University Assignments

While there is a relationship between the work you have done in high school and the type of assignments you will be asked to complete in university, the assignments in university will definitely be “next level”. Besides giving you factual knowledge, the goal of a university program is to teach you to think in a certain structured way (i.e. critically and rationally), and all of your assignments should be moving you, in varying degrees, toward this goal.
In a general sense, you will have already seen many of the types of assignments you will receive in university. These will include readings, various types of essays, case studies, factual reports, lab reports, reflective journals, literature reviews, annotated bibliographies, handouts, and individual or collaborative projects. You should assume the expectations will be higher, and the scrutiny of your work will be more thorough than you will likely have experienced previously. The key to being successful in these types of assignments is not a secret. It lies in understanding the expectations of your instructor and what you are being asked to do.

Every assignment you receive can be broken down in the same way. This structured approach will help you plan and complete the work.

Understand what you are being asked to do: This sounds obvious, but it is where many students go awry. Failing to fully understand the task, limits the final outcome of your assignment. No matter how much effort you put into it. So, read the directions. What is the task? do you understand it? Are all aspects of the task clear? While you may feel hesitant in asking questions, you need to get over it. If you don’t understand, ask. Any embarrassment you feel in asking while be preferred over what you will feel if you turn in the wrong thing through not understanding expectations.

Organizing your time: Plan, Do, Review

Plan: Know your deadline: Find when the work is due and how you are supposed to submit it. Mark the submission in your calendar right away and also a draft completion date a few days before. Set a reminder which gives you enough time to do something about it. If the assignment is more complex, chunk it into smaller size pieces and insert some intermediate deadlines to keep you on track. Allow some time at the end for editing and reviewing your work. If you rush your work, and try to do too much in too little time it will be obvious to your professor.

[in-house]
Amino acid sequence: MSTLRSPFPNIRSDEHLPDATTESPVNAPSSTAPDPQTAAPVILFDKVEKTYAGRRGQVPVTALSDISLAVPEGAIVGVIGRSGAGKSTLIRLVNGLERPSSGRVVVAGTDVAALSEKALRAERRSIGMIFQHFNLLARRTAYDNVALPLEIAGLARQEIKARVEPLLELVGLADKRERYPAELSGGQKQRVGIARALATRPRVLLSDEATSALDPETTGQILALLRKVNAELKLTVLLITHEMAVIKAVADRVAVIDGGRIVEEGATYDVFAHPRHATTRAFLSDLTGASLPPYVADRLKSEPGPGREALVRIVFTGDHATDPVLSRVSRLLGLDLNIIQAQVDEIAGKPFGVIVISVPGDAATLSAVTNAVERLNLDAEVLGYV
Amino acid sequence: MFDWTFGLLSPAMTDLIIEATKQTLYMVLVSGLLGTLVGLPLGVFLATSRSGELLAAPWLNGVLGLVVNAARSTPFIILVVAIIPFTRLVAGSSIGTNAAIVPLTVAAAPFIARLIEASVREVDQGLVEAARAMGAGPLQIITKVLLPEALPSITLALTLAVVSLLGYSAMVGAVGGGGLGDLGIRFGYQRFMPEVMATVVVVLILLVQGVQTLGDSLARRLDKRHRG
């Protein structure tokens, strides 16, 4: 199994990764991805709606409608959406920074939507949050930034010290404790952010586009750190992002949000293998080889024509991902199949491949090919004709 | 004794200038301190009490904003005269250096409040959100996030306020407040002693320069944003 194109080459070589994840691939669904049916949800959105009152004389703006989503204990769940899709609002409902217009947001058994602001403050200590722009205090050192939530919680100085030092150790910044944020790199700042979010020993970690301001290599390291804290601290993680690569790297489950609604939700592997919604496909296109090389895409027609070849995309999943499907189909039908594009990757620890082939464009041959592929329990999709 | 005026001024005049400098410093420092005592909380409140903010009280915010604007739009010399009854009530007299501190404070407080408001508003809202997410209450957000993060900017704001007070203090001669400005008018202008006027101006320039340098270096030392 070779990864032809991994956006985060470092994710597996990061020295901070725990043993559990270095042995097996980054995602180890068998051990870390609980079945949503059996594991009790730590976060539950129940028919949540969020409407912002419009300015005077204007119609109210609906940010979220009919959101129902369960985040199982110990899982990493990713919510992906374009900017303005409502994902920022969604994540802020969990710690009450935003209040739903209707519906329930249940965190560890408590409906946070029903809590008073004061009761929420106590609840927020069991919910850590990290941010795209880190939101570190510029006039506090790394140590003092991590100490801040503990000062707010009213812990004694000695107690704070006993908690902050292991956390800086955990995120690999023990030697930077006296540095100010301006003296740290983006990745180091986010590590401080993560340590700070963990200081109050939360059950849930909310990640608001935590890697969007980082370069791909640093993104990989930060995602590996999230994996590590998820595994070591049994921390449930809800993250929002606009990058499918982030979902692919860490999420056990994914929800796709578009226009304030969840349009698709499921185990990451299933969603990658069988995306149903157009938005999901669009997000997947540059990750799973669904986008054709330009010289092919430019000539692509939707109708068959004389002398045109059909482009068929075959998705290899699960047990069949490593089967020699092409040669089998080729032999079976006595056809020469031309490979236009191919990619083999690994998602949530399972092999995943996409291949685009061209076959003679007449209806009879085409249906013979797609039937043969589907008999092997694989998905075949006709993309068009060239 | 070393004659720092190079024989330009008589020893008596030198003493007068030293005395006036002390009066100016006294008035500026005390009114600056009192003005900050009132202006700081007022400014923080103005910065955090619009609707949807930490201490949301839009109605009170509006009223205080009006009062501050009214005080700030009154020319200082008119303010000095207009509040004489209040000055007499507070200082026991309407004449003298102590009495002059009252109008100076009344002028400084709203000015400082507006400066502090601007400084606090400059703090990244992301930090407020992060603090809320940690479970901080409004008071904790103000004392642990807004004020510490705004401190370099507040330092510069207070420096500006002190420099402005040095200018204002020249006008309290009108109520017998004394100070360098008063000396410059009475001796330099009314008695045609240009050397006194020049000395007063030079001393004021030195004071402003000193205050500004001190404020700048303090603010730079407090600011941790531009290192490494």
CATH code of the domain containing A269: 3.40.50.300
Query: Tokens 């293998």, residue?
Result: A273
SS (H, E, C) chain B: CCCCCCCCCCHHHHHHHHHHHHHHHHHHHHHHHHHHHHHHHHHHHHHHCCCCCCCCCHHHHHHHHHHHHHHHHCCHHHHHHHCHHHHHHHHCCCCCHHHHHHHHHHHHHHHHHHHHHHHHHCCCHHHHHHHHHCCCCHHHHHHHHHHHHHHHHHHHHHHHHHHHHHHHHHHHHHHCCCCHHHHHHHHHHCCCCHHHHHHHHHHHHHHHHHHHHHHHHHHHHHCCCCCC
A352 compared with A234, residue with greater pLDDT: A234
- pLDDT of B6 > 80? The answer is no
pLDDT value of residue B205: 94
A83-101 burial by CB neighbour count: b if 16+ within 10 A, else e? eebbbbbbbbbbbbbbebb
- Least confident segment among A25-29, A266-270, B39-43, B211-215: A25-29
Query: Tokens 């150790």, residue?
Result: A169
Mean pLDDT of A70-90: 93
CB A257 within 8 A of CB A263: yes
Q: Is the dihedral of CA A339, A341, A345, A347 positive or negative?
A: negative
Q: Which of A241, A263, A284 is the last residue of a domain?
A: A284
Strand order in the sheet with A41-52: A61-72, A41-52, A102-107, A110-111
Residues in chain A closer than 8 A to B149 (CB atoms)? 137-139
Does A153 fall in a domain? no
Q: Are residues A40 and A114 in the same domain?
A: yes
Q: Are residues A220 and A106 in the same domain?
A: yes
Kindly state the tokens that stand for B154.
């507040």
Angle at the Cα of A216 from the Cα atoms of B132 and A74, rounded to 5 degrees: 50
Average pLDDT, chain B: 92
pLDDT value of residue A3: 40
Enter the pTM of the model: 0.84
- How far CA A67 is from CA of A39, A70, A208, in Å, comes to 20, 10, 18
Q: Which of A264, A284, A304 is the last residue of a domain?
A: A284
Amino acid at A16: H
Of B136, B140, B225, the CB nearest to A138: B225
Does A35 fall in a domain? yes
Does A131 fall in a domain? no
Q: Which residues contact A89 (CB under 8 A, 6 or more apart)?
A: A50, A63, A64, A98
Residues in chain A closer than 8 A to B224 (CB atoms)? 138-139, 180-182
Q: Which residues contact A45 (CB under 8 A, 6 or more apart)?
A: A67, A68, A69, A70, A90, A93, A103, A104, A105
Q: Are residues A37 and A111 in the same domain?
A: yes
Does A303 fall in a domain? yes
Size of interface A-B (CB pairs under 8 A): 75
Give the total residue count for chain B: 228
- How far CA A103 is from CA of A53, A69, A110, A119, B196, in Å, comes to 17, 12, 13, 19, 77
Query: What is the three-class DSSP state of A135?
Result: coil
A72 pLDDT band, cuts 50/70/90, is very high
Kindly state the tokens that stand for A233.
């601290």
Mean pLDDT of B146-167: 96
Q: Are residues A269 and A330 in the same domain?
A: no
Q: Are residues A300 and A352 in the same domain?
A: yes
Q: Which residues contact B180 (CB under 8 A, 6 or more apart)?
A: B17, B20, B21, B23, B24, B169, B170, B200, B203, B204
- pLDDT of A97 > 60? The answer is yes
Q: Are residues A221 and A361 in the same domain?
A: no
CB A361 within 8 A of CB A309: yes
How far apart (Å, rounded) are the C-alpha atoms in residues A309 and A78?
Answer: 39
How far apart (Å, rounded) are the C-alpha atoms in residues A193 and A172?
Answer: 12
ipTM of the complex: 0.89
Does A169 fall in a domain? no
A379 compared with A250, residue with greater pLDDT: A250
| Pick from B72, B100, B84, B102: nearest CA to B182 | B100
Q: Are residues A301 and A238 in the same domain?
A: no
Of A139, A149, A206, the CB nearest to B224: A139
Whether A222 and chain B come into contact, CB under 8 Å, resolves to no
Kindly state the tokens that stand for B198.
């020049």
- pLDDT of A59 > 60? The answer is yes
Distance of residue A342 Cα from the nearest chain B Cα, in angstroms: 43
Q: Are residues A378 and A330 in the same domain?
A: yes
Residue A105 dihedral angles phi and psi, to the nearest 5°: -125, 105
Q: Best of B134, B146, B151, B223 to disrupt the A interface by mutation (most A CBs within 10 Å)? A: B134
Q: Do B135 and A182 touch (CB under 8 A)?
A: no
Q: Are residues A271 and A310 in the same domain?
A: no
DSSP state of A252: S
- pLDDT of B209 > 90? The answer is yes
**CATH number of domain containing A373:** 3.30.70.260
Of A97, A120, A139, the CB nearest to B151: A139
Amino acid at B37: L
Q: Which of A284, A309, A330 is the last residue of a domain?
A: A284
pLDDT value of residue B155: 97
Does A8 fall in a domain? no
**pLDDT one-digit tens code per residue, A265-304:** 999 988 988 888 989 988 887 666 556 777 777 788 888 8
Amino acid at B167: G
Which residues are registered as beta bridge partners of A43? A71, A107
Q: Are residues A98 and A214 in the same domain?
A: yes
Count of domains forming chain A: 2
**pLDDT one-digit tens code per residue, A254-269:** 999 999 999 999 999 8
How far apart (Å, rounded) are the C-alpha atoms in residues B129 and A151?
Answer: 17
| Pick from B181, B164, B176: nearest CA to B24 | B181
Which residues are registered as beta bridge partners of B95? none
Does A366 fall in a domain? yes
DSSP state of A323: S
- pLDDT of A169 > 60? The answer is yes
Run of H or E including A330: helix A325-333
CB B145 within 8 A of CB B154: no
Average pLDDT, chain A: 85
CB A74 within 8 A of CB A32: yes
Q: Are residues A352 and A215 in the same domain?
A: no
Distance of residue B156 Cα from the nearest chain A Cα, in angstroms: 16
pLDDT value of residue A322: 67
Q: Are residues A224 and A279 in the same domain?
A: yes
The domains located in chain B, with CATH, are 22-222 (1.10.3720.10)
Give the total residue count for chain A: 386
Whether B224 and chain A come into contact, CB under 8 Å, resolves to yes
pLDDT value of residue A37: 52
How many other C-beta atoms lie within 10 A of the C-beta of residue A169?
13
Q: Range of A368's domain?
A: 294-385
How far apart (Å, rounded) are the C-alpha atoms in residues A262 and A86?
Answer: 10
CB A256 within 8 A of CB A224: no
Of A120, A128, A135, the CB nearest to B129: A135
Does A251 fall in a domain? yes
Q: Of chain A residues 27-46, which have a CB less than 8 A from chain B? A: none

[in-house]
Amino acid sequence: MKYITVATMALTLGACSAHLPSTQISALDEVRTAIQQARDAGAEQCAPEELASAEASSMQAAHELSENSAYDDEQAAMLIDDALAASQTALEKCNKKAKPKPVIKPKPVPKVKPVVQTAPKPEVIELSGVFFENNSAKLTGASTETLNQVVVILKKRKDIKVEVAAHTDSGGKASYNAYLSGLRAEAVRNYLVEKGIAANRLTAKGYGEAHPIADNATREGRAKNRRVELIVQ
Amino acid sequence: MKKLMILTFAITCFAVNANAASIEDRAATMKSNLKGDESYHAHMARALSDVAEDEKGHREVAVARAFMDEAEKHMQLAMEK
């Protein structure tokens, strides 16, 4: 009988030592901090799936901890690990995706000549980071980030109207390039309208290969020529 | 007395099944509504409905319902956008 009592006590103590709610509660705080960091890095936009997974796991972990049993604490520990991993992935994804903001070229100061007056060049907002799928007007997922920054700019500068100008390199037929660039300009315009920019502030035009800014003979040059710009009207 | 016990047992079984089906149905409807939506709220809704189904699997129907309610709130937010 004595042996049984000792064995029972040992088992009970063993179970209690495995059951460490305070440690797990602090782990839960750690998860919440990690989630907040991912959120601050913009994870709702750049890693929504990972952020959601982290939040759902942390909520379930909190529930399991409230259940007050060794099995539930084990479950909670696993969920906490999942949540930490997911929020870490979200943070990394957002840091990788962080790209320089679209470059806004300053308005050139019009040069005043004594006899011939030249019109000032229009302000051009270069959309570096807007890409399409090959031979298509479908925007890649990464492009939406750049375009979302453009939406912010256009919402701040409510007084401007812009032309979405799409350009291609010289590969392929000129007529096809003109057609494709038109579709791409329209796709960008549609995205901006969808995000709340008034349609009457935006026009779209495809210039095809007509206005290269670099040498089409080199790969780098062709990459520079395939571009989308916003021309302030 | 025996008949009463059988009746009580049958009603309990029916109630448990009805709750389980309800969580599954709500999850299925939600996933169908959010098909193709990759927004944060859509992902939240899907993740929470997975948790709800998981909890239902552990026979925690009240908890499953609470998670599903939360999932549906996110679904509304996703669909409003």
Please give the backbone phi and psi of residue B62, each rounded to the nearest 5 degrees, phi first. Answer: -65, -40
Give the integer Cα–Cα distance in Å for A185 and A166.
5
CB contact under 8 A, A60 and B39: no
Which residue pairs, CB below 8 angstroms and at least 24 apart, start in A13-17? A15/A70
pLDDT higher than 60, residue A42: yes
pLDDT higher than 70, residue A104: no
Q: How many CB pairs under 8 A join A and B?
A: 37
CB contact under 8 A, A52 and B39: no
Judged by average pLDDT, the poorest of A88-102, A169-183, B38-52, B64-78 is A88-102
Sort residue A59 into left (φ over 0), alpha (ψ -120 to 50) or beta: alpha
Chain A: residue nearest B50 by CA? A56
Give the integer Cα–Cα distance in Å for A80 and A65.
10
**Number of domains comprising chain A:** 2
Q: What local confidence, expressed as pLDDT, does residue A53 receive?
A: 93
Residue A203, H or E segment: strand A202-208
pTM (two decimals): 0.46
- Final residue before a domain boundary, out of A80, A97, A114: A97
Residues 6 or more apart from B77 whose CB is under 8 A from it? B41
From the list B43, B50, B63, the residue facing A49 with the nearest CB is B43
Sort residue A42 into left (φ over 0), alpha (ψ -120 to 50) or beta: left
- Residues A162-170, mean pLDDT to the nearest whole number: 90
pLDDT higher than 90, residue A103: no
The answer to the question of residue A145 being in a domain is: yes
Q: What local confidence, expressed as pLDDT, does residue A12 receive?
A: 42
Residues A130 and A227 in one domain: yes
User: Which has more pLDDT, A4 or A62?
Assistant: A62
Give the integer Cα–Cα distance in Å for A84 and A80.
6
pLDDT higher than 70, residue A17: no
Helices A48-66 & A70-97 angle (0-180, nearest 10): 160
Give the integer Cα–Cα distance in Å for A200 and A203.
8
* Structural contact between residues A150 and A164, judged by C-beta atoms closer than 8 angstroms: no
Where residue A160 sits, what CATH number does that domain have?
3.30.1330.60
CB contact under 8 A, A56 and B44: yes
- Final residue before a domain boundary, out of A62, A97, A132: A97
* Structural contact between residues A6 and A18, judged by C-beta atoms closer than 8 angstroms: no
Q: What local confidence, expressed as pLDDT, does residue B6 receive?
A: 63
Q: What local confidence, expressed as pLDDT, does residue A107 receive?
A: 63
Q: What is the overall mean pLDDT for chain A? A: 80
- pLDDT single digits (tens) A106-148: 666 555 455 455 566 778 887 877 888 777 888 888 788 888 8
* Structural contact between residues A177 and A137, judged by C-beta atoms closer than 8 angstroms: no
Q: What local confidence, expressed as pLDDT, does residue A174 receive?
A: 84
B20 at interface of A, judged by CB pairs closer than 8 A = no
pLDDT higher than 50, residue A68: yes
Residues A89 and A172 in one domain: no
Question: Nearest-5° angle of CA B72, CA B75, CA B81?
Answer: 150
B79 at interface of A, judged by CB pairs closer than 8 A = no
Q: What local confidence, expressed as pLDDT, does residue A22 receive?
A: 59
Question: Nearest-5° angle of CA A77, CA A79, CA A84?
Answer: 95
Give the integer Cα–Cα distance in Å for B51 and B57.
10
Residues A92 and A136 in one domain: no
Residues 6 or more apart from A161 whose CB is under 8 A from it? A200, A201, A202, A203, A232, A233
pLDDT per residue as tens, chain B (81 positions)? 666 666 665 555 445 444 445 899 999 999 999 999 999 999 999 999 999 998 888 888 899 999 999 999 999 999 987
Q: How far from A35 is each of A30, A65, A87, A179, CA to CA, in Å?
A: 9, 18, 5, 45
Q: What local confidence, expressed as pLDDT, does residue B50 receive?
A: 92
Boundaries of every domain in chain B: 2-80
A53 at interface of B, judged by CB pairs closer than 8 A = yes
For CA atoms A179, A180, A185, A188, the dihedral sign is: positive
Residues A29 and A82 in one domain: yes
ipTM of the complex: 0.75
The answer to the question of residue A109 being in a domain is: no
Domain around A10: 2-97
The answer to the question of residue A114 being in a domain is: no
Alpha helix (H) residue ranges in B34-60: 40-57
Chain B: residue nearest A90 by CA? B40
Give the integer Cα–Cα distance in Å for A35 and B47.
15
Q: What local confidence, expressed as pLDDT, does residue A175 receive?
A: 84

Plan & Do: Getting started: The more complex a task, the more you need to develop an overview of the work. Will this work require sub-tasks? How much time will you need for research? What do you need to begin?

Do: Doing the work: You have made a schedule, then an outline, and are now ready to start. Begin with research (use the CRAAP model- see below), organize your thoughts, and begin writing. One of the higher-level aspects of your assignment will likely be making some form of argument or taking a position. Make sure that the points you make are supported by evidence and the structure of your argument is coherent and logical.


Currency: The timeliness of information

  • When was the information published or posted? Revised or updated?
  • Does your topic require current information, or will older sources work as well?

Relevance: The importane of the information for your needs.

  • Does the information relate to your topic or answer your question?
  • Who is the intended audience? / an appropriate level?

Authority: The source of the information

  • Who is the author/publisher/source/sponsor?
  • What are the author’s credential or organizational affliations?
  • Is the author qualified to write on the topic? / contact information?

Accuracy: The reliability, truthfulness and correctness of the content.

    • Where does the information come from? / supported by evidence?
    • Has the information been reviewed or refereed?
    • Does the language or tone seem unbiased and free of emotion?

Purpose: The reason the information exists

  • What is the purpose of the information? Is it to inform, teach,sell, entertain or pursuade?
  • Does the point of view appear objective and impartial?
  • Are there political, religious, institutional or personal biases?

Review: At the end. allow enough time to step away, so that you can come back and edit with “fresh eyes”. When you feel you are done, go back to the beginning and look at the directions. Did you answer the questions? Did you follow the required format? Is this what the professor is expecting?

If high school is preparation for university, then university is preparation for life. As the next step in your growth into adulthood, academically you will do familiar things in unfamiliar ways. As an example, in high school, having an opinion on a topic and presenting it in a clear way may have been sufficient. In university, your opinion alone matters little. It will need to be supported by evidence, which was found by doing research, and will need to be presented in a rational structure, formatted in the way that your instructor requires. So too with all of your assignments, you should expect greater complexity, and a higher degree of accountability for the work you submit. In order to be successful, you will need to understand the tasks before you, and what is expected and approach your work in a systematic way.

Copyright Ⓒ Juvenis Maxime 2023

Author: Kenneth Knox